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Small business corporate structure is causing FX headaches

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Most organizations arrive at a crucial point in currency management when they start growing, often through spinoffs, mergers, acquisitions, and regional office setups.

When that happens, their ability to manage foreign exchange (FX) becomes more time-consuming. Large organizations often have an in-house treasury function that can manage regional bank accounts, trade currency, and facilitate bank relationships. But for those businesses in growth mode, an independent treasury function inside your business may not always be the most productive use of headcount and resources. Because of this, the process often falls at the feet of the controller, CFO, or someone in accounts payable.

Why is currency management so important? Businesses set up regional currency accounts to simplify payments when operating across different countries. Finance organizations use local currency accounts for a variety of payout situations, including payroll and commission payments; vendor, supplier, and service provider payments; expense reimbursements; funding of local subsidiary bank accounts; partner and reseller fees; local tax and regulatory payments; beneficiary payouts and licensing and royalty disbursements.
Currency management is a process that needs to happen very quickly. For example, shortfalls of cash management can require businesses to buy currency at a spot rate to meet payroll. But if the bank is 18 hours away, you then have to wait for them to open to actuate a transfer of funds. Now imagine if every month, you have to deal with FX conversions.

Missing a payment could cripple the regional business unit, particularly as the business is trying to gain traction and establish relationships. Some subsidiaries operate as cost-plus entities or use cost-plus accounting where they essentially don’t have their own revenue. For example, a local support office or service center may have expenses or need to pay its staff. Clearly, currency management processes affect the finance side of the operation but also the company’s ability to conduct business.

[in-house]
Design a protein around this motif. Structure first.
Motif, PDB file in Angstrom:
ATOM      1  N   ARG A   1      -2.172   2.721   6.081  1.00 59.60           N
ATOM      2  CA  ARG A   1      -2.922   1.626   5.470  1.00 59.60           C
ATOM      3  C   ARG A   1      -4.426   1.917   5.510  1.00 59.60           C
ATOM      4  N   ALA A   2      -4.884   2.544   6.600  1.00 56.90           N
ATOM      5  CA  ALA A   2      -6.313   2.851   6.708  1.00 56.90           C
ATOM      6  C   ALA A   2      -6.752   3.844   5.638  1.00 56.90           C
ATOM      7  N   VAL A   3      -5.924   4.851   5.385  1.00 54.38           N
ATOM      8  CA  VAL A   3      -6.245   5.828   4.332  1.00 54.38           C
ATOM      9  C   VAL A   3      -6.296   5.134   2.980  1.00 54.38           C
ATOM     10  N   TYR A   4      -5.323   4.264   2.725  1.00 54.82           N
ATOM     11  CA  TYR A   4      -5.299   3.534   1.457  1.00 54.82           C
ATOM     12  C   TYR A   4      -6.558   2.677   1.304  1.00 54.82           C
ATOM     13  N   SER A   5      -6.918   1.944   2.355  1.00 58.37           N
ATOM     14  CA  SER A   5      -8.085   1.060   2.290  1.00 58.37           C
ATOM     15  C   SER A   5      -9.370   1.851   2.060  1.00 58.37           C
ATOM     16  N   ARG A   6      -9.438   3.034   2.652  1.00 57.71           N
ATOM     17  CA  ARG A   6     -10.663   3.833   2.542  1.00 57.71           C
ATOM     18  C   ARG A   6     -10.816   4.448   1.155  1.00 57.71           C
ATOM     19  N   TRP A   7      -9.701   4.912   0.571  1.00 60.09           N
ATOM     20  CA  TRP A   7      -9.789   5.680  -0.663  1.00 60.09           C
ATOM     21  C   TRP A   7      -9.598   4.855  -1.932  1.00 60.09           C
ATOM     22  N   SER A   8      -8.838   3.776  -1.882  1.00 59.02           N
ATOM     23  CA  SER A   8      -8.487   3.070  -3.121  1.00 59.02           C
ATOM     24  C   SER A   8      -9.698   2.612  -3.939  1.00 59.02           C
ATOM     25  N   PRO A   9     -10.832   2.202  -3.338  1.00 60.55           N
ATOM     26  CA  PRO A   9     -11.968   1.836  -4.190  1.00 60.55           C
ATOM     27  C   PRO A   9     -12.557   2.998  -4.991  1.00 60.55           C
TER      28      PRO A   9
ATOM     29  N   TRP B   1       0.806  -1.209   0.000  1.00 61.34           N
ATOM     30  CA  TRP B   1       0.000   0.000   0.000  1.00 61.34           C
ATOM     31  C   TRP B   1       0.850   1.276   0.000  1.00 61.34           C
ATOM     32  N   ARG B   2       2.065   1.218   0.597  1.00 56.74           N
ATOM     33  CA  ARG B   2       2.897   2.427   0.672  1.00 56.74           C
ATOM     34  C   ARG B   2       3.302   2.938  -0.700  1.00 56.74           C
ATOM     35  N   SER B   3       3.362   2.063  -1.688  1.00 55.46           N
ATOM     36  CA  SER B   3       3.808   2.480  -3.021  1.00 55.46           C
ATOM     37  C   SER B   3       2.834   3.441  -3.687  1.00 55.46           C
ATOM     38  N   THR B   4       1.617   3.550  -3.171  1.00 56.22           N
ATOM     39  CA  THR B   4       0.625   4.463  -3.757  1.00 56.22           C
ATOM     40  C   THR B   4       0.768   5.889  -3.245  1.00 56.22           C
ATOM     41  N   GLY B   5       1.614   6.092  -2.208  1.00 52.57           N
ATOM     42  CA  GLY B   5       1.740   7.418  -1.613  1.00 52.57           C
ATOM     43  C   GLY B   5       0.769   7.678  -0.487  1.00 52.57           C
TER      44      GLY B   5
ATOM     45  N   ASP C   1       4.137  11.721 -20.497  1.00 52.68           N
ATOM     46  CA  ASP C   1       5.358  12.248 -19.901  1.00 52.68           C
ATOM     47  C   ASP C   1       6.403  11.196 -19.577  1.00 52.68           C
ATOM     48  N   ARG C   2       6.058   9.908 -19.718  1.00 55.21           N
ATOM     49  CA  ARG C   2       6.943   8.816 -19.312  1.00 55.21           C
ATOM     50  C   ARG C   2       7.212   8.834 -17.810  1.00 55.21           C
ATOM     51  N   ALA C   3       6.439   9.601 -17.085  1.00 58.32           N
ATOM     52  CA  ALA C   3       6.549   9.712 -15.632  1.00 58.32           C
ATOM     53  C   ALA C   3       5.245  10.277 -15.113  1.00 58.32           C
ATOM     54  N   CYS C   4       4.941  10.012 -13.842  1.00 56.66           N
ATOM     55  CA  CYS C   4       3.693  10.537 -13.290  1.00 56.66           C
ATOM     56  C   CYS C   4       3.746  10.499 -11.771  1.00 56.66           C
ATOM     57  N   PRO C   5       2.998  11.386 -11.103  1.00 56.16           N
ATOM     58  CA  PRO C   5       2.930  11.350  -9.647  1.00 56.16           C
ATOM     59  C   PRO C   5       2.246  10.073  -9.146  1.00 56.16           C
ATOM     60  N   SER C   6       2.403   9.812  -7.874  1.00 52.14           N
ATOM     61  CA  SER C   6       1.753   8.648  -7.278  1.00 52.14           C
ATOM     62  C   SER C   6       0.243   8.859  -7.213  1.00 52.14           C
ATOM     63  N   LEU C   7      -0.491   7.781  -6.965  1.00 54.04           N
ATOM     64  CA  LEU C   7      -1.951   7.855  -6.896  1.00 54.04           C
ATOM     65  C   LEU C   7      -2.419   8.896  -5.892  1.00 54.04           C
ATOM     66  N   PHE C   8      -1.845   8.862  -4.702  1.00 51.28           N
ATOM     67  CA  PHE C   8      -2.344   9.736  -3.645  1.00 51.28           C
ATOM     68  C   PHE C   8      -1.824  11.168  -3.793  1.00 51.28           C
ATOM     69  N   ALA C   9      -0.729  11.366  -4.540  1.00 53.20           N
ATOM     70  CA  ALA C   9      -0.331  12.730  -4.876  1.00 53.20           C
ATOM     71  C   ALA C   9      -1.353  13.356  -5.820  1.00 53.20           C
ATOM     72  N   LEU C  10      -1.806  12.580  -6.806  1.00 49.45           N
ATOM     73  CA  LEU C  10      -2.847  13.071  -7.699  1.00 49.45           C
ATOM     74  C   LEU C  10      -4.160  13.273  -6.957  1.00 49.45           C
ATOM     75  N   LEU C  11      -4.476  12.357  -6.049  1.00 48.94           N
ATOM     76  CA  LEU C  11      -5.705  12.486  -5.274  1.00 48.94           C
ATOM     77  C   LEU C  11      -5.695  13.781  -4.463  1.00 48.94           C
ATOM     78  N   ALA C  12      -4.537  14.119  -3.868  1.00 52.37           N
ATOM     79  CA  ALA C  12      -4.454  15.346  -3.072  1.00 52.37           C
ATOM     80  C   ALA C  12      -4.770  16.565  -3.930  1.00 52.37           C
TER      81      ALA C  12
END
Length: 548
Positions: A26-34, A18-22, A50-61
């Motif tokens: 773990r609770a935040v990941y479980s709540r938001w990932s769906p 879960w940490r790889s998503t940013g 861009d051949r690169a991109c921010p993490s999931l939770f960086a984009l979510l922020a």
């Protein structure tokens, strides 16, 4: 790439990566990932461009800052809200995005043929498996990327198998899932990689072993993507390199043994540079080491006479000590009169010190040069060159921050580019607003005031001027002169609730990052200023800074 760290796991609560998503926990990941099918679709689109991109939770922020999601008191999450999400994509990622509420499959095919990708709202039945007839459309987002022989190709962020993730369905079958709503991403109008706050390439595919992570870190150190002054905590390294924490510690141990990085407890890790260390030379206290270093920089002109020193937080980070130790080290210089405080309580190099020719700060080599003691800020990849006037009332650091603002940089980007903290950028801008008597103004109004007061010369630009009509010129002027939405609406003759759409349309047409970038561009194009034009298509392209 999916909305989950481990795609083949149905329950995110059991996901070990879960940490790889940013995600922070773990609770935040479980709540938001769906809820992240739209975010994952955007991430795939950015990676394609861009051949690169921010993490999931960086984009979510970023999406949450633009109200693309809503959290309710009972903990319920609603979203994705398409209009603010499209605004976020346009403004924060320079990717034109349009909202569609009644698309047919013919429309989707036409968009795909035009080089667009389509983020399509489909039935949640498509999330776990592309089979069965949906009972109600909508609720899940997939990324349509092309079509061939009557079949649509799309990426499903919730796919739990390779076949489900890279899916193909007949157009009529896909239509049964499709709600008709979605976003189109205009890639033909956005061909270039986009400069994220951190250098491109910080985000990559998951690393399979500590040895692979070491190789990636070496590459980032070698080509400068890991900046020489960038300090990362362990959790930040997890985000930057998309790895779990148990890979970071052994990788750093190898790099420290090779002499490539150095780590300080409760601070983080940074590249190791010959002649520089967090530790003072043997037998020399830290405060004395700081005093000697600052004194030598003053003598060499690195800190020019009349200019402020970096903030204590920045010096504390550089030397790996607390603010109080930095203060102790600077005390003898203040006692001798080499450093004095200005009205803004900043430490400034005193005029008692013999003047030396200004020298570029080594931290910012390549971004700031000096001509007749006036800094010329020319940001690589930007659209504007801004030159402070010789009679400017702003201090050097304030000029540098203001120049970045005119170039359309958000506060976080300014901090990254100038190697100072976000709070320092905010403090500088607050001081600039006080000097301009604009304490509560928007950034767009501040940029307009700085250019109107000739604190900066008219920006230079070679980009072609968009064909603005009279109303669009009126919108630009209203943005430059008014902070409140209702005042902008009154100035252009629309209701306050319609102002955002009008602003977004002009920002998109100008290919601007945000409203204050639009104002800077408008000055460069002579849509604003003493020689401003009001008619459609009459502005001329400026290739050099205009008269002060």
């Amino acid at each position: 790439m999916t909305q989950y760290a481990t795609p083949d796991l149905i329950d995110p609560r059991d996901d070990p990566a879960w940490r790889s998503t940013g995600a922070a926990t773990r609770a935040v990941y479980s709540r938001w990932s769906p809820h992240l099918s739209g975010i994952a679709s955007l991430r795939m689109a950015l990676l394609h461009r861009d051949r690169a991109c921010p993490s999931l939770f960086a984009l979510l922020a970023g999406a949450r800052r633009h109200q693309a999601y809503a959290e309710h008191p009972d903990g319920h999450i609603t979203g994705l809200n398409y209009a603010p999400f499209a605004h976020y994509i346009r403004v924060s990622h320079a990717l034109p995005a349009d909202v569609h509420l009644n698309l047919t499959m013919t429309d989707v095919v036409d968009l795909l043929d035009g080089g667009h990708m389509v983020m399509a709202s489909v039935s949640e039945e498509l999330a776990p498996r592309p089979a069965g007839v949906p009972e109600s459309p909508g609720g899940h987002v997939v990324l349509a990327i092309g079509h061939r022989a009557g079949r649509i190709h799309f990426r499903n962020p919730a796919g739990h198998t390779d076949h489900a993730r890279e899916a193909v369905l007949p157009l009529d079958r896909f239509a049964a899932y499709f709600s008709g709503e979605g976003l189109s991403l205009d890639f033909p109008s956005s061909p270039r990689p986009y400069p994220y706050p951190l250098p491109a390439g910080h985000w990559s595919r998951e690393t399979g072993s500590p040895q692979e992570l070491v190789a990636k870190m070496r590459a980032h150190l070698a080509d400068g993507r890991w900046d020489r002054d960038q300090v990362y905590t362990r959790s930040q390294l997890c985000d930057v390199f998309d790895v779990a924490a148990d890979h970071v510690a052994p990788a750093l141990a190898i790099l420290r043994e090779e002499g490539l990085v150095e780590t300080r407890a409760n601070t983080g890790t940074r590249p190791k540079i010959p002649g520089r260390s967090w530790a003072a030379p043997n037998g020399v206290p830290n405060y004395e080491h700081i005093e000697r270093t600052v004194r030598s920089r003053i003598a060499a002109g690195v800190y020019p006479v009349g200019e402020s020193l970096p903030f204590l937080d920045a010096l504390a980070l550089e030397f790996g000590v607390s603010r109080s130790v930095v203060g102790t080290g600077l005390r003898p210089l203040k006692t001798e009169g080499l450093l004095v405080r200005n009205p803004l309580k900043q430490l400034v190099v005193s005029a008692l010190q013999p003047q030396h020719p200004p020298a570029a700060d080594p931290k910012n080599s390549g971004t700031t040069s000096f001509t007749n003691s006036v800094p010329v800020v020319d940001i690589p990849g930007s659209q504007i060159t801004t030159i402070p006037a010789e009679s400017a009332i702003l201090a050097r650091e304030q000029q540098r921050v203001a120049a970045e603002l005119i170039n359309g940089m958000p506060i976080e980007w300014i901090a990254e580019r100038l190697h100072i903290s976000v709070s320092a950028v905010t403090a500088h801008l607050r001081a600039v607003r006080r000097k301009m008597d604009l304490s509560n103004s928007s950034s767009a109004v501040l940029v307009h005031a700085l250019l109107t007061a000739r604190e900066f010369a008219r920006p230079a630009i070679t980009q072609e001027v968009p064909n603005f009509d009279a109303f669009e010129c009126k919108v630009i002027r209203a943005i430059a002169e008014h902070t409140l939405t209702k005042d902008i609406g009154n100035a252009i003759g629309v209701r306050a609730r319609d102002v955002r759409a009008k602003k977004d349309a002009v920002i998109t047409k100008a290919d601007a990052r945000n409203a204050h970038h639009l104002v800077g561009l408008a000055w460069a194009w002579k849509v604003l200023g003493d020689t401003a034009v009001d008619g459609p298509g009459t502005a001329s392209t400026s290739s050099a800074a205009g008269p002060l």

In February, we surveyed over 120 senior finance officials at midsize businesses to understand their approach to FX management in their organizations. Of those who managed more than two entities, two-thirds also had at least one cost-plus entity and 39% had at least three cost-plus entities.

Of those surveyed that had more than two entities (cost-plus or standard accounting), one major truth appeared. Only 10.8% stated that they have an independent, designated treasury function. Instead, 29.2% have someone in accounts payable manage the currency processes. Another 26.2% has someone else managing the process (presumably a member of the senior-level finance team such as the CFO or controller). And another 27.7% do not have any currency management, which indicates that they may not even bother with local currency issues. Interestingly enough of that last group, 25% of those businesses also had at least one cost-plus entity, meaning some form of conversion has to happen within the stream.

As expected, whoever is responsible for the treasury function has to work with local regional banks. This is not as easy as it sounds. Some of the biggest challenges to currency management are around communicating with banks and administering those bank accounts. There can be language difficulties, time zone challenges, and regulatory issues.

In our survey, 31.5% stated that bank account administration posed the most difficult challenge. Similarly, another 31.5% indicated that communication and relationship management with the bank was the most challenging aspect. 17.8% indicated that bank fees posed a challenge. So, a fairly large majority feel that it’s the effort around working with the banks themselves that presents the biggest hurdle.

Here’s a typical strategy that many midsize B2B companies employ for currency management. Assuming the company has its head offices in the U.S., they may have individual currency accounts for each of their global entities and subsidiaries: the U.K. (GBP), Germany (Euro), Canada ($CAN), Australia ($AUS), and Japan (Yen). If the offices in Japan and Australia were cost-plus entities (non-revenue generating), then headquarters would need to fund operations in those locations. As a result, they’re converting USD to Yen and Australian dollars. Because of cash flow issues, conversions may happen twice a month, taking the controller’s time away to work with the local banks.

As you can surmise, payables automation technologies that support multiple entities and multiple currencies could be an answer to some of the business’s FX challenges. Because it happens at the point of funding payment accounts, and activities are closely tied to all vendor payments, it may work for a variety of situations where the business doesn’t have a treasurer.

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